But today, one of the very scary ones from back then, who is really a sweetheart, shared an article that put real fear in my heart.

And frustration in my mind.

Where have I been?  Why wasn’t I aware of this before?  Have I really had my head buried in the sand, or has this story been tucked away between the pages of stories of political rants and celebrity breakups?

The story she shared was this one.  “Waves of immigrant minors present crisis for Obama, Congress.”  Oh my stars.  They are expecting an estimated 60,000 children to cross over the US border unaccompanied by an adult, based on the numbers so far.  Some as young as three years old.

Y’all.  What?!

Some of these children have a parent who is already in this country.  Some are leaving an abusive home situation behind.  Some are trying to avoid the drugs and gangs that are a huge problem in their communities.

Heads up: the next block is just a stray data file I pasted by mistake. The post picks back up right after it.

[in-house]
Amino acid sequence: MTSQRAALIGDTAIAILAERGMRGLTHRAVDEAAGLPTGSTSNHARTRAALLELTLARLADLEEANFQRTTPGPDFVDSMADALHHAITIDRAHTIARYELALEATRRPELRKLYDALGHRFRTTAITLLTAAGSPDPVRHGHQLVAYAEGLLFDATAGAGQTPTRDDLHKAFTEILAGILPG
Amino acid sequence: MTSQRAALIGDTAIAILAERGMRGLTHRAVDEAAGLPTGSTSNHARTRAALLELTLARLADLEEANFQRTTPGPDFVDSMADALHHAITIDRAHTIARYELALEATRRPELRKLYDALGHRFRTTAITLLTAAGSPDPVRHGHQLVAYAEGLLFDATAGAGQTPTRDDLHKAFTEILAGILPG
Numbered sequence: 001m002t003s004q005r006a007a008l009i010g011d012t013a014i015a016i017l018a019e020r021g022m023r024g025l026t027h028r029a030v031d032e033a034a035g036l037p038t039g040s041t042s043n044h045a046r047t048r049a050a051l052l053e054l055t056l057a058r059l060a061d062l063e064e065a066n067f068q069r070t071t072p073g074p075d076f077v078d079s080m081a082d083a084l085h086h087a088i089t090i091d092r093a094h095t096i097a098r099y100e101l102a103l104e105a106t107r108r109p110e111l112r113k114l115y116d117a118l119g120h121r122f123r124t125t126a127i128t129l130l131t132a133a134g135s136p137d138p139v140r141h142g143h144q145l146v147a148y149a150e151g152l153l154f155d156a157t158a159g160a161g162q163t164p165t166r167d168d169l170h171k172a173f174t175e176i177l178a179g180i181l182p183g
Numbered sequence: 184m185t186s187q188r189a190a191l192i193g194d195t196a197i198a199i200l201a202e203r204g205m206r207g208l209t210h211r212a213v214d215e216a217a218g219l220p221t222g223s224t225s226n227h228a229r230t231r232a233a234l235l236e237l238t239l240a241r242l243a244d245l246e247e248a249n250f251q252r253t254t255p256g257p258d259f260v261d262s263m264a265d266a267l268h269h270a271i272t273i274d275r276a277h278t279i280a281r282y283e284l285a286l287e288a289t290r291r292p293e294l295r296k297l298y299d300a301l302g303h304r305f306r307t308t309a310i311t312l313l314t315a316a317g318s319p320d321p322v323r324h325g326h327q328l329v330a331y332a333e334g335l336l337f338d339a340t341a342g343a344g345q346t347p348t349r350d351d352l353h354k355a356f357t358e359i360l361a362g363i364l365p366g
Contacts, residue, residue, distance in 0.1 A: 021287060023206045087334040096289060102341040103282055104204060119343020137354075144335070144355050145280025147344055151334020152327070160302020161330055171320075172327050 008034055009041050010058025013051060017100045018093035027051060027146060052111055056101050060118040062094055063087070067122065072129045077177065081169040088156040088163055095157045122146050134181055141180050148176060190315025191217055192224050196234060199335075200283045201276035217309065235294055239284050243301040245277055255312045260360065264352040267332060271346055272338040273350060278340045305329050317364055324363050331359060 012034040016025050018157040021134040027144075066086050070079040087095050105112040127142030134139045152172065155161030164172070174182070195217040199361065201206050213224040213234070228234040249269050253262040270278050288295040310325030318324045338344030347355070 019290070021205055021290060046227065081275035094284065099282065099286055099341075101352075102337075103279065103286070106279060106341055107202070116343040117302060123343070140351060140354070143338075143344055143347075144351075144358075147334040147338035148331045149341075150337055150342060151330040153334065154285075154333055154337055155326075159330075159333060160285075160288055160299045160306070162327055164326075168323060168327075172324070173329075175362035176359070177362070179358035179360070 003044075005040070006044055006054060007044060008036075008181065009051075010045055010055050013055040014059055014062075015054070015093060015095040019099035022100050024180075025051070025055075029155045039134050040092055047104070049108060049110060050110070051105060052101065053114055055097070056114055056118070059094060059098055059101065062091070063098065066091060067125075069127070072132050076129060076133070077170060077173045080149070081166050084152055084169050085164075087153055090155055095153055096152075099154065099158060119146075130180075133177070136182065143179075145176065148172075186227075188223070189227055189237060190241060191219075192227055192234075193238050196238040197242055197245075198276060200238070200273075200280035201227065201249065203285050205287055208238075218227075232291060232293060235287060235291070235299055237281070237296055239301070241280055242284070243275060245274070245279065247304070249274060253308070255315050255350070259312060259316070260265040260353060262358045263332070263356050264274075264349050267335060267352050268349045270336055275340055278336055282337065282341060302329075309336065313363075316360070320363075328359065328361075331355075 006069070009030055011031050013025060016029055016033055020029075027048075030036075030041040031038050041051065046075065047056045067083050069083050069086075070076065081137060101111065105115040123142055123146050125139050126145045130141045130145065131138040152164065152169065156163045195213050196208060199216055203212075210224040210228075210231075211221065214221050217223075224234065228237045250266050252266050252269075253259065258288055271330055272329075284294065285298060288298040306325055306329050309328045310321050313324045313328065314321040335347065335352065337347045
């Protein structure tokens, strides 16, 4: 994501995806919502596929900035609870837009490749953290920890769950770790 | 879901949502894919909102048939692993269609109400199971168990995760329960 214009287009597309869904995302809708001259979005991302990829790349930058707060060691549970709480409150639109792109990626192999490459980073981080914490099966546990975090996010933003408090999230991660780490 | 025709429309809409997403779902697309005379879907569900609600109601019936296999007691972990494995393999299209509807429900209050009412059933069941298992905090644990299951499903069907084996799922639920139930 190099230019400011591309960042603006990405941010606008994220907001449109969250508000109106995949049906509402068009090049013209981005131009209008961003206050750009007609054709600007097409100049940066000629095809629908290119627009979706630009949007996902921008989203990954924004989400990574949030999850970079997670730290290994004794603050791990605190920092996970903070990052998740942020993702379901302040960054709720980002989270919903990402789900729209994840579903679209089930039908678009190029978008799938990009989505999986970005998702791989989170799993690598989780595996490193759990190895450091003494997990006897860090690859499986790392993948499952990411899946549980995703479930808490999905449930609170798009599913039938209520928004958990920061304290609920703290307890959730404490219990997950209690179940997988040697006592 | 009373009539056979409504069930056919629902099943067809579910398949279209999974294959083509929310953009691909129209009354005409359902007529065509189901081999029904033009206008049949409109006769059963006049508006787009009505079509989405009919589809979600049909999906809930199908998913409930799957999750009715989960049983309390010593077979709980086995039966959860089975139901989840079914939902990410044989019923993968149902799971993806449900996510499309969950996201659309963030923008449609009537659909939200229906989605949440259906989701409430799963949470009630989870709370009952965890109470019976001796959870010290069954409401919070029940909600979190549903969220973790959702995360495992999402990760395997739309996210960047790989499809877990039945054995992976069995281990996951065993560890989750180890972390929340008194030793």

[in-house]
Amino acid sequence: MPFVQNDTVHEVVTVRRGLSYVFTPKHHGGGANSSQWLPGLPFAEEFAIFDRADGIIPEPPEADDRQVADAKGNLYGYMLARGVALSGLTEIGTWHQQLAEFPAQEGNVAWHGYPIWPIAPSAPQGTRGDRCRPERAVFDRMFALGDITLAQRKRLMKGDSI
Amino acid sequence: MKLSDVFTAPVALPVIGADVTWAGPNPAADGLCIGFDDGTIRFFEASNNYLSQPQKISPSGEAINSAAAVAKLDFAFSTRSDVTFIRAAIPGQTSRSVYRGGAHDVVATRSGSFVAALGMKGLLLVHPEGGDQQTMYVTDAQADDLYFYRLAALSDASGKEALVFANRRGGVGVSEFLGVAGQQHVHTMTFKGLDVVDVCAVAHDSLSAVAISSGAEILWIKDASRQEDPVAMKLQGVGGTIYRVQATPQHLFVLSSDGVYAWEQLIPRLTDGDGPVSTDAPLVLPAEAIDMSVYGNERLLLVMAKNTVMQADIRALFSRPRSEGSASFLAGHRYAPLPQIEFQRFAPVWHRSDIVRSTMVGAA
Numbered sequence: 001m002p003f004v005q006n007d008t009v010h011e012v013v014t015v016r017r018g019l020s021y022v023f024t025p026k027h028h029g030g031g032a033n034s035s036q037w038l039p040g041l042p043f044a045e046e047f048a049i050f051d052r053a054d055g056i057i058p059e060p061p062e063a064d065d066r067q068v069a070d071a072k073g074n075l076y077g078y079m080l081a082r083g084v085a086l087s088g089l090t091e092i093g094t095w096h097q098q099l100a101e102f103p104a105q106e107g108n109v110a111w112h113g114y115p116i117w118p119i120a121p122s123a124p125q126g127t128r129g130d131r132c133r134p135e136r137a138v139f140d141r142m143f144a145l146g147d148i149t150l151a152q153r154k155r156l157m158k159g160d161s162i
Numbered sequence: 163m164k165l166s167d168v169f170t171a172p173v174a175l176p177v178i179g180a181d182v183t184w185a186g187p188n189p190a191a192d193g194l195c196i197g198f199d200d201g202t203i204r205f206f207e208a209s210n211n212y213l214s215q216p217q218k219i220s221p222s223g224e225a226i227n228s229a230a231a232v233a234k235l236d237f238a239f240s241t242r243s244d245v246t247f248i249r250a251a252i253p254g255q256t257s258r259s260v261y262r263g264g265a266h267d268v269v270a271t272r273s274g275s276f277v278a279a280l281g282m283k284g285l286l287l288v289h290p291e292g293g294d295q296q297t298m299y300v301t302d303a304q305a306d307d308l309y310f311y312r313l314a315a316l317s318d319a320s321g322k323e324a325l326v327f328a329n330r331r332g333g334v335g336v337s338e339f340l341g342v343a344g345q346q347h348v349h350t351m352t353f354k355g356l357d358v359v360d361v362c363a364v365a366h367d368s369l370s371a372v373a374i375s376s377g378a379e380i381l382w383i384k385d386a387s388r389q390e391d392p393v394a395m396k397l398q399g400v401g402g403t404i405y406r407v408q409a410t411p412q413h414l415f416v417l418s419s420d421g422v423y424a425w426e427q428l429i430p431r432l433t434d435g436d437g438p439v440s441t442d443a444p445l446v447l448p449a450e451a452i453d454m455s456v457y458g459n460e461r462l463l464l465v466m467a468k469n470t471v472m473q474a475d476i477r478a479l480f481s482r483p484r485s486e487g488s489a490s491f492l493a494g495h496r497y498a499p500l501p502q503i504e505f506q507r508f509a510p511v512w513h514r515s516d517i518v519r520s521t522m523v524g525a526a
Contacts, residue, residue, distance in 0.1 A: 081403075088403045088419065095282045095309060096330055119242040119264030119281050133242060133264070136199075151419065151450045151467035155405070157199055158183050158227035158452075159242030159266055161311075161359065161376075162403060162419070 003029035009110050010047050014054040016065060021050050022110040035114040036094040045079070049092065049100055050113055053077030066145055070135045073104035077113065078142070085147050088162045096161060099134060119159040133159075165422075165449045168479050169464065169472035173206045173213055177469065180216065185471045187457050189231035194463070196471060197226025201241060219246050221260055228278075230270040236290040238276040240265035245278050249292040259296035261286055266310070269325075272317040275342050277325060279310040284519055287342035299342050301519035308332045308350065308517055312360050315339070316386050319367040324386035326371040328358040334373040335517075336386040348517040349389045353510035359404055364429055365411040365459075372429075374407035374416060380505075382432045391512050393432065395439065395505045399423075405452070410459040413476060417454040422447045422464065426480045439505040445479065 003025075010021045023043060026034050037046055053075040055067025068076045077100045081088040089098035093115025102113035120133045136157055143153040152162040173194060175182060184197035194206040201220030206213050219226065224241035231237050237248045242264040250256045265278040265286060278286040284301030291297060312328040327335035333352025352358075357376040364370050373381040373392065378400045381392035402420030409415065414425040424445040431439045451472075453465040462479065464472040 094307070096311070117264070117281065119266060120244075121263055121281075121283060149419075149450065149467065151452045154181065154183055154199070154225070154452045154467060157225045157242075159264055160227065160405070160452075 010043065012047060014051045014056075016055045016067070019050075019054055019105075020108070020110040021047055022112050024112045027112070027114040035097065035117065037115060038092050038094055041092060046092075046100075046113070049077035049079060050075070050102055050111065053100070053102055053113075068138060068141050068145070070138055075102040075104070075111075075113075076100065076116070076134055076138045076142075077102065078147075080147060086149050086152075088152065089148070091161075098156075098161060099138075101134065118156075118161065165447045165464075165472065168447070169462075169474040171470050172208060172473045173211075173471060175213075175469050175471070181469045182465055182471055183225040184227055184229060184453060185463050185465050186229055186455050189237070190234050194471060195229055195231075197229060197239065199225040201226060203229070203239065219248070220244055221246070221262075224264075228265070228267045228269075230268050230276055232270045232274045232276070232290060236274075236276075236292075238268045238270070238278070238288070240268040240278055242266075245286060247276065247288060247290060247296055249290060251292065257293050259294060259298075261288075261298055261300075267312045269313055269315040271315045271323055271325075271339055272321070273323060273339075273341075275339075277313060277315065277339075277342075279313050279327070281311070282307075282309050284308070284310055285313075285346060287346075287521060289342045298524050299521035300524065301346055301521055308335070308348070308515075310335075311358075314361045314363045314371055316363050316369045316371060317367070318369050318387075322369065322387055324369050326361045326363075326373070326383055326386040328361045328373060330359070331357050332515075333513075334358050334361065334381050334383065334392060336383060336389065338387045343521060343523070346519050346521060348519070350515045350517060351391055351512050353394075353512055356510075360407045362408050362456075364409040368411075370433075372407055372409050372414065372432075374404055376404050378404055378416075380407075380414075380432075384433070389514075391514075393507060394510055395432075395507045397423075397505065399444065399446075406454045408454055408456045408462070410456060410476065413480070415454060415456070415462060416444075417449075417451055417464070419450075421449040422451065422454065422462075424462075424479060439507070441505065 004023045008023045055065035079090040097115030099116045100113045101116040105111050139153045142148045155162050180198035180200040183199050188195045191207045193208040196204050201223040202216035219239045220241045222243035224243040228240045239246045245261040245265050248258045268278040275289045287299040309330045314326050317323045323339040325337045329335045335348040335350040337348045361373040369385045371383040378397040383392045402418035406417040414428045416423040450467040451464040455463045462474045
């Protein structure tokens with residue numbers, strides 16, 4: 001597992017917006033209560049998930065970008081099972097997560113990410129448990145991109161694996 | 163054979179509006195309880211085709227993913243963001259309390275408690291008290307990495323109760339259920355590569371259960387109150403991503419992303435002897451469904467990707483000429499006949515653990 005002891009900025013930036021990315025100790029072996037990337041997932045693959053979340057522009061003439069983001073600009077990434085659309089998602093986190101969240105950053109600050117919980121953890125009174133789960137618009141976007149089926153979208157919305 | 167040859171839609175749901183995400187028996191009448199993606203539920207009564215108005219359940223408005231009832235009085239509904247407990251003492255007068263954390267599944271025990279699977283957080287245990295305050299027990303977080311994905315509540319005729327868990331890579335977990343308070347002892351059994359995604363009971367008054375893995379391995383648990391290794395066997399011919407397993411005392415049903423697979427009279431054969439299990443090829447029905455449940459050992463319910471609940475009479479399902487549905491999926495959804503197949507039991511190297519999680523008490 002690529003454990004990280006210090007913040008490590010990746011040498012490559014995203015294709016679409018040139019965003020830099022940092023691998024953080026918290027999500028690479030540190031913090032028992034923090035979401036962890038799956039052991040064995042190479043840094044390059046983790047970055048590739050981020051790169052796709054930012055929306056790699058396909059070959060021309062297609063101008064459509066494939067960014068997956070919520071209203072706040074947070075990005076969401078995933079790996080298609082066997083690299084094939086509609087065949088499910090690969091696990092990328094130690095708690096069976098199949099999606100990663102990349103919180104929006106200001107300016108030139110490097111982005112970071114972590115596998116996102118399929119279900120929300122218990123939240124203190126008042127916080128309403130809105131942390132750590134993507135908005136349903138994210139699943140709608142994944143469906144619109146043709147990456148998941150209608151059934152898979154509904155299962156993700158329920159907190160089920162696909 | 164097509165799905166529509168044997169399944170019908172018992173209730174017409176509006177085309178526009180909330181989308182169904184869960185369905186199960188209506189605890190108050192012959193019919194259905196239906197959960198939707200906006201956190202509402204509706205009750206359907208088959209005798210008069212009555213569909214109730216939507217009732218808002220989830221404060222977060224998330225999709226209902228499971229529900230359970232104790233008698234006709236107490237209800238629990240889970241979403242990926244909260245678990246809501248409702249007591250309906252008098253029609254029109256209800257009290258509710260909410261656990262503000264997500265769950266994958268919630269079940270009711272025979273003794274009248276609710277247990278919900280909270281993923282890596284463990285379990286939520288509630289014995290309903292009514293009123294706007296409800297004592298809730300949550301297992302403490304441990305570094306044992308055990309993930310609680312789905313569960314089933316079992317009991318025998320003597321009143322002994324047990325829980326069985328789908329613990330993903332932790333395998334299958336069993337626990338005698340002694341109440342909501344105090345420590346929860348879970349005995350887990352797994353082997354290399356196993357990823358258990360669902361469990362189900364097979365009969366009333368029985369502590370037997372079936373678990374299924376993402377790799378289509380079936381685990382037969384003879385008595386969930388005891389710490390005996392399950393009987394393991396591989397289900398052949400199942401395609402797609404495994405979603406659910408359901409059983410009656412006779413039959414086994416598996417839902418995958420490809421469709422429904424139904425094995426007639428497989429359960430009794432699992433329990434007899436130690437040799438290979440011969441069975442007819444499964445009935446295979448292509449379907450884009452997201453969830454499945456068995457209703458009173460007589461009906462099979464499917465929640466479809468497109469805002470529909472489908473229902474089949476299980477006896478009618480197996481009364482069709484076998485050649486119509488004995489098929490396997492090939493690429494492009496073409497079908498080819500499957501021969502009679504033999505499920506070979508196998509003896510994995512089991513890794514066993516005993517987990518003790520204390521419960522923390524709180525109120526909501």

Babies.  They’re just babies.  They haven’t had time to dream, let alone figure out how to make it on their own.

They are being put in military installations for “keeping” for now.  I have no idea what comes next.  Deportation?  Tracking down family in the US?  Adoption?  I don’t know.  But I know my heart is breaking for these children, some of whom are abused during their journey here or maybe after as well–there were 809 abuse complaints against the border patrol between 2009 and 2012.  Again, I cannot wrap my brain around this fully.  All of these children.  Homeless.  Parentless.  Without anyone to love them and hug them and encourage them.  And to listen.  Oh.  I have nothing.

Really.  Nothing.

And I wish I could fix this.  I wish I could change it.  I wish there were a fix to this that I could be a part of.   I am so lucky.  As are my children.  And it only becomes more obvious to me each day.  They, on the other hand, seem to be oblivious.  And you know what?  I’m thankful for that too.  I want them to have a childhood without all the worries of this world pressing down on them.